“Just wait until you’ve been married for thirty years, then see if you still feel this way.” Her exaggerated eye roll told me she no longer felt “this way” about her own husband, which may have explained her bare ring finger.
It was just waiting room small talk with the woman sitting next to me, but I thought about that comment long after I pulled out of the parking lot.
I hear this type of remark all the time; the kind that treats marriage like a ticking time bomb, ready to explode in a cloud of misery.
But the thing is—I’m not okay with that. I know marriages fall apart for many reasons, and no two situations are the same . . . but I don’t want that to be my story. Our story.
So, husband, there’s something I need you to know:
I’m in this for the long haul. You’re stuck with me.
When I look into my future, it’s you I see beside me.
A lot of life is going to happen through the years—I know that. I’m not naive enough to think it’s going to be smooth sailing from here on out.
There’s not always going to be a spark of passion between us. There will be seasons we’re more roommates than lovers, and nights when we go to bed so angry that we sleep in separate rooms. There will be times when I’m convinced I don’t even like you; moments that make me question everything.
But a day when I’m ready to throw in the towel and break the promises we made on our wedding day? Well, sweet husband, I just don’t see that happening.
There’s never going to come a day when I look your way and decide I’d be better off without you.
The two of us have so much life ahead. So much life to share.
We’ll raise our kids as a team. Side-by-side we’ll attend basketball games and band concerts, parent-teacher conferences and graduations. Together we’ll help pack their belongings into boxes and move them on to the next phase of their lives. I’ll cry on your shoulder the whole drive home.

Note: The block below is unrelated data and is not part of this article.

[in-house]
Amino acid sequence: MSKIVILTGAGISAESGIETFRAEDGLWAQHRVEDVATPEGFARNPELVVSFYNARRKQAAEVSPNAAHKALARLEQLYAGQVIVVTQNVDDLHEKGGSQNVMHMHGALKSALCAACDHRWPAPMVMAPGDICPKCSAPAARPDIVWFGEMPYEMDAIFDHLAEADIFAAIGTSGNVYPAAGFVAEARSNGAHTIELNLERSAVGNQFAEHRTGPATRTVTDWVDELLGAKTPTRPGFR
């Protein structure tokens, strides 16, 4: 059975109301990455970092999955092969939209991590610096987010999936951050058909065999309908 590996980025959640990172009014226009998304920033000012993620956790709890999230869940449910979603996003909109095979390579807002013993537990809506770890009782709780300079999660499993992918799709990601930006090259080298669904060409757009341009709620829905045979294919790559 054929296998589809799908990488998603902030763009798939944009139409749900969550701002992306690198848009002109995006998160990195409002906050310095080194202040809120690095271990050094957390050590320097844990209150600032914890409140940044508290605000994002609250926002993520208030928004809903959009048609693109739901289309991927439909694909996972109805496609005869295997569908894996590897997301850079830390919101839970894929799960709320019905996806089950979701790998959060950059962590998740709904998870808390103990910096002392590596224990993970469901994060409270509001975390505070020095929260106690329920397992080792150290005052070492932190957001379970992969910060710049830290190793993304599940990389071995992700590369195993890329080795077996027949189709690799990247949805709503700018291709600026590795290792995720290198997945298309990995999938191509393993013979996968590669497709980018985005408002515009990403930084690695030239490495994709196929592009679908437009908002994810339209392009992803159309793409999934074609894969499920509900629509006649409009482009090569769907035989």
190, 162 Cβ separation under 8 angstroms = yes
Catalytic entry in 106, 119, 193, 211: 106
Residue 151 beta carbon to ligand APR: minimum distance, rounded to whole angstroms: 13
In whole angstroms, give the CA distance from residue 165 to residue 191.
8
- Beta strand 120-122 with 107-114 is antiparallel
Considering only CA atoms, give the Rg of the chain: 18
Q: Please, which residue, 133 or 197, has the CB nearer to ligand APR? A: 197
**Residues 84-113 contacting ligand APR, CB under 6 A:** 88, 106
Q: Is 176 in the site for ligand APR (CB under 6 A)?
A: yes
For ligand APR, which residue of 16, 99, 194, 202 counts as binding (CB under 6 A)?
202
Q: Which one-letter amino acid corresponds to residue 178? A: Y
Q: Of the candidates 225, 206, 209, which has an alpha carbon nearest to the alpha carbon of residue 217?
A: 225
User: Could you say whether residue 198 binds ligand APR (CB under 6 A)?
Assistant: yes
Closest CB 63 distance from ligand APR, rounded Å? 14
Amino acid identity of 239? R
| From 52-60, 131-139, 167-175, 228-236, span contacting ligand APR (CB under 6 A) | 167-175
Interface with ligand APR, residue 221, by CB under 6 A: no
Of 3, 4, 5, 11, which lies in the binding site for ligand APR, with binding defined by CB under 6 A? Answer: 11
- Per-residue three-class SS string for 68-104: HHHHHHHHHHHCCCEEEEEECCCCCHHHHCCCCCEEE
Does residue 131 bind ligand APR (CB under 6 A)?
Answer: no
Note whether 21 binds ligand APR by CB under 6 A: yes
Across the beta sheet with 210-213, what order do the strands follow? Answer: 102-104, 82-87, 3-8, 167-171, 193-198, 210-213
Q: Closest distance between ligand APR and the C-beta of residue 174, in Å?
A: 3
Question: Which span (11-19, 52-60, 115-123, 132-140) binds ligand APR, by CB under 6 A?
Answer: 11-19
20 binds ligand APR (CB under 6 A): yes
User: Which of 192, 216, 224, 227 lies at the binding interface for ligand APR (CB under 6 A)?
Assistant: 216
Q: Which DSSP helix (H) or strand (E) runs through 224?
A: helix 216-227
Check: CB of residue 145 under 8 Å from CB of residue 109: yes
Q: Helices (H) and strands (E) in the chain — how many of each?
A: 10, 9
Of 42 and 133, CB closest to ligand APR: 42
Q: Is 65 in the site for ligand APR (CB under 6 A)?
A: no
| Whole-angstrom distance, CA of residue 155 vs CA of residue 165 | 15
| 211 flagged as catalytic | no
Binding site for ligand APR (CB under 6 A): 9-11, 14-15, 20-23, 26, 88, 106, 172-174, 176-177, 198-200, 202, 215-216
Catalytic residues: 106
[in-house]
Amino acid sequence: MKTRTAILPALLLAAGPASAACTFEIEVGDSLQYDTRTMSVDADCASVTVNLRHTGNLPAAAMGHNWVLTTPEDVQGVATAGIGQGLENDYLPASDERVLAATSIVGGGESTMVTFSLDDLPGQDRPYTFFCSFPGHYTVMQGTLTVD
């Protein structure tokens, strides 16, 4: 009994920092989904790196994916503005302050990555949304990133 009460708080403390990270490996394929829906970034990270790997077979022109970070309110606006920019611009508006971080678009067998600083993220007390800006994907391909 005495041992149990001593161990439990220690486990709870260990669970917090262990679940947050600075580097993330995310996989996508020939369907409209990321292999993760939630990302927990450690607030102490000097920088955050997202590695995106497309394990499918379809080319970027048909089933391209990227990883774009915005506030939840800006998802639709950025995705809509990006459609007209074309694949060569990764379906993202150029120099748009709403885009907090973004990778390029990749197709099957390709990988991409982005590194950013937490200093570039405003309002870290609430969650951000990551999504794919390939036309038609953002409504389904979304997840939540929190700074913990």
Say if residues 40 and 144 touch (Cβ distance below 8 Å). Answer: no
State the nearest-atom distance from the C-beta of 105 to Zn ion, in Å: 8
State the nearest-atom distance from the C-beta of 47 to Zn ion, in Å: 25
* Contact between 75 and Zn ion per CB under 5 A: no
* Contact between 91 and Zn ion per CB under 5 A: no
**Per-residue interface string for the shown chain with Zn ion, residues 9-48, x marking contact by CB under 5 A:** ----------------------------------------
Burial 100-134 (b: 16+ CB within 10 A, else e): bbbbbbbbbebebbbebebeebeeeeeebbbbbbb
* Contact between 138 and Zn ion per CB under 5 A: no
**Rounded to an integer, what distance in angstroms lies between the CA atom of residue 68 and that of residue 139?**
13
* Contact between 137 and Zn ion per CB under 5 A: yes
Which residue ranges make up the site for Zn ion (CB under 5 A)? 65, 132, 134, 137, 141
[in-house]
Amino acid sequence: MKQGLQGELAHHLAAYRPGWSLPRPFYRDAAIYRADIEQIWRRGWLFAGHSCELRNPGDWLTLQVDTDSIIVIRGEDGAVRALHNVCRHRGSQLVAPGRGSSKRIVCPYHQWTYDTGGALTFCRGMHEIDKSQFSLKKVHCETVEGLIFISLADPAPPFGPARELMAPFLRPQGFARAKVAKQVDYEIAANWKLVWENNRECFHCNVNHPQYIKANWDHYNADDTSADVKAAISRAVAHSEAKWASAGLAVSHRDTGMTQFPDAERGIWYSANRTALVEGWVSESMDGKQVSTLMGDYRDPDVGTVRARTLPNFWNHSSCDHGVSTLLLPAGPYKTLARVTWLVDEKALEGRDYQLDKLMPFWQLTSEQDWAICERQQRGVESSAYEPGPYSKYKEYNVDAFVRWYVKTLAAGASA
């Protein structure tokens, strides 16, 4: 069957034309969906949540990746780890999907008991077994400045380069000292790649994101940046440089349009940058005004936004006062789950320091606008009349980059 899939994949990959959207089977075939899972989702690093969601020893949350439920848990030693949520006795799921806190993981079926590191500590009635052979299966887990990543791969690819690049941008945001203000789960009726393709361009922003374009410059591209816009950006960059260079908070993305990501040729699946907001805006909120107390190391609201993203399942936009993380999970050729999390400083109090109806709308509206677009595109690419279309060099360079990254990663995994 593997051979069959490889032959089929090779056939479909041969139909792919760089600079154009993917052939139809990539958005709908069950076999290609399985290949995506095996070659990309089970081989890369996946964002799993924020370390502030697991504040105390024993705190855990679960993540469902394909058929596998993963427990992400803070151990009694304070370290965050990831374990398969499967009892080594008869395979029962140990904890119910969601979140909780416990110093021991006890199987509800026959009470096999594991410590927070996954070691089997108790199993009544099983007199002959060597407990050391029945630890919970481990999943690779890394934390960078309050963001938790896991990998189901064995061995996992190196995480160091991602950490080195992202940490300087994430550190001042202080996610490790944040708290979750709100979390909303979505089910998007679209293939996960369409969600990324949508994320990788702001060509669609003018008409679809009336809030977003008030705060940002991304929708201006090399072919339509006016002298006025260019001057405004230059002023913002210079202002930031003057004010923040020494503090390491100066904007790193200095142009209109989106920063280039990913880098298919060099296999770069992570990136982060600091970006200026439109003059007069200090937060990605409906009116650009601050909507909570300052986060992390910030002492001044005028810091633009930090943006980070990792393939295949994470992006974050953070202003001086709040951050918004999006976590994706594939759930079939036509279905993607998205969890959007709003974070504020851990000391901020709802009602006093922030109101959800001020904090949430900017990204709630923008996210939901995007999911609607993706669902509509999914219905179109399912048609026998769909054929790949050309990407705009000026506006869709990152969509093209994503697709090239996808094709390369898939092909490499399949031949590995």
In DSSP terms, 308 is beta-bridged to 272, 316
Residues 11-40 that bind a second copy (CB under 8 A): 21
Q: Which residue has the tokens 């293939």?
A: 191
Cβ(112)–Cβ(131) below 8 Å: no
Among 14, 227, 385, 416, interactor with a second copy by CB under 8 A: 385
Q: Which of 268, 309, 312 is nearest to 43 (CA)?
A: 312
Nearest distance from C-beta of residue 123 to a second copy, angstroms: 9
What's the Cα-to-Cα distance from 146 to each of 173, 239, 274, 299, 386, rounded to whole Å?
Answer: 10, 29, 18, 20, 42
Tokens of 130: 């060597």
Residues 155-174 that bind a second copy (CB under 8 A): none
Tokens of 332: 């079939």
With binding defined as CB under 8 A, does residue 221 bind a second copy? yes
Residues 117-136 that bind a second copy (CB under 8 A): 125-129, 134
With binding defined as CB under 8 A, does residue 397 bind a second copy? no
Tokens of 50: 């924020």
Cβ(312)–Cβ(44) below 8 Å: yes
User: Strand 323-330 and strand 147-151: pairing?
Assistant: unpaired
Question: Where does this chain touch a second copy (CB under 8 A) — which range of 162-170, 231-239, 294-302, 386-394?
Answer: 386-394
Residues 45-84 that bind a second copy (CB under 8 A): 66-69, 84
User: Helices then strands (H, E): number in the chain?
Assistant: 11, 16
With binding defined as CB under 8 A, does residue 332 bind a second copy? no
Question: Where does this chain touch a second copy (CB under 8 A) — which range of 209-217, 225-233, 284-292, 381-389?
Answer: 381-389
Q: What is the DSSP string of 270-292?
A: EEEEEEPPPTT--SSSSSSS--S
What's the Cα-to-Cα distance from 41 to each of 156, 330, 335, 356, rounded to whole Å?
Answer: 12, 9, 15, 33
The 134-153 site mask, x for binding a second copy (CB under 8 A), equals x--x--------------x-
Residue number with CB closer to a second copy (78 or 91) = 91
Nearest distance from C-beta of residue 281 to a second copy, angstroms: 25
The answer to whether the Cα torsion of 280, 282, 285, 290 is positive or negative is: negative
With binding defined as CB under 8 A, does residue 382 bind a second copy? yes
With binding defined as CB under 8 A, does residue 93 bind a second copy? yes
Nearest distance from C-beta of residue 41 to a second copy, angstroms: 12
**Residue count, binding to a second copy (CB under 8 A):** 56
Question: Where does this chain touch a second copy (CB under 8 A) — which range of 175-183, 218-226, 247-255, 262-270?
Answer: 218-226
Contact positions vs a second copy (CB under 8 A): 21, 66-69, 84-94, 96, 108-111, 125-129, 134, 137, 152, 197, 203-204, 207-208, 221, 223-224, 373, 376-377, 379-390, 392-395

We’ll dance at wedding receptions and reminisce about the day I wore a white dress and you met me at the end of the aisle.
We’ll dig fingernails into each other’s hands at funerals and lean on one another through our grief.
We’ll delight in the precious gift of our grandchildren. I’ll smile adoringly as you bounce them on your knee and tell them stories about when their parents were young.
We’ll get those matching tattoos on your 90th birthday like we always joke about (except I’m actually not joking).
We’ll make mistakes (so many mistakes) and say things we regret, because we’re just two imperfect humans trying our best in an imperfect marriage.
And someday, we’ll hold hands as one of us takes our last breath on this side of Heaven.
Our path will be windy, and bumpy, and beautiful, and complicated—but through it all, I will have you, and you will have me.
It won’t be easy—no marriage is—but I’m committed to putting in the work because I believe in us more than I’ve ever believed in anything.
When we made our vows that rainy July afternoon, we didn’t say, “As long as we both shall feel like it,” or “As long as he keeps his socks picked up and she doesn’t leave the thermostat up too high.”
We said, “As long as we both shall live.” And I meant it.
I fully intend to see this thing through with you.
I don’t know what our future has in store, but I don’t want to grow old and grey if I don’t have you by my side.
You better believe it, babe . . . I’m in this for the long haul.
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